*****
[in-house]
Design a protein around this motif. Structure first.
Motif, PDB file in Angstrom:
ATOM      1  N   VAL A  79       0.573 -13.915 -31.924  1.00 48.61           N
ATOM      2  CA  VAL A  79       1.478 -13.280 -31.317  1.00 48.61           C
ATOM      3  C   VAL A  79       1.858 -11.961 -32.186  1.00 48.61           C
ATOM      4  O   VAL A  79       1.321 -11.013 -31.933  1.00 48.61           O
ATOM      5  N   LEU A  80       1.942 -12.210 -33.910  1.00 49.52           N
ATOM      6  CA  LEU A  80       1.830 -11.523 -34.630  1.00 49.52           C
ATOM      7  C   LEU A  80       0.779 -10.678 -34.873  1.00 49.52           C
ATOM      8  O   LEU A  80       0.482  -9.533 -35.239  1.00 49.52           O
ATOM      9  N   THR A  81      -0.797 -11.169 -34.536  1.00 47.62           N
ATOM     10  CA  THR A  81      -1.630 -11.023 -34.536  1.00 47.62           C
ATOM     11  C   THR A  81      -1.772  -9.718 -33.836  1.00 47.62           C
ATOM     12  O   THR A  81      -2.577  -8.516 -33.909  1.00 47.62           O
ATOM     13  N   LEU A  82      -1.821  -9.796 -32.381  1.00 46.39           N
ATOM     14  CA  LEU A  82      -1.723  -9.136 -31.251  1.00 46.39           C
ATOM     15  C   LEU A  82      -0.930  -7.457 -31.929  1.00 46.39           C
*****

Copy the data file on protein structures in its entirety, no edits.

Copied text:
[in-house]
Design a protein around this motif. Structure first.
Motif, PDB file in Angstrom:
ATOM      1  N   VAL A  79       0.573 -13.915 -31.924  1.00 48.61           N
ATOM      2  CA  VAL A  79       1.478 -13.280 -31.317  1.00 48.61           C
ATOM      3  C   VAL A  79       1.858 -11.961 -32.186  1.00 48.61           C
ATOM      4  O   VAL A  79       1.321 -11.013 -31.933  1.00 48.61           O
ATOM      5  N   LEU A  80       1.942 -12.210 -33.910  1.00 49.52           N
ATOM      6  CA  LEU A  80       1.830 -11.523 -34.630  1.00 49.52           C
ATOM      7  C   LEU A  80       0.779 -10.678 -34.873  1.00 49.52           C
ATOM      8  O   LEU A  80       0.482  -9.533 -35.239  1.00 49.52           O
ATOM      9  N   THR A  81      -0.797 -11.169 -34.536  1.00 47.62           N
ATOM     10  CA  THR A  81      -1.630 -11.023 -34.536  1.00 47.62           C
ATOM     11  C   THR A  81      -1.772  -9.718 -33.836  1.00 47.62           C
ATOM     12  O   THR A  81      -2.577  -8.516 -33.909  1.00 47.62           O
ATOM     13  N   LEU A  82      -1.821  -9.796 -32.381  1.00 46.39           N
ATOM     14  CA  LEU A  82      -1.723  -9.136 -31.251  1.00 46.39           C
ATOM     15  C   LEU A  82      -0.930  -7.457 -31.929  1.00 46.39           C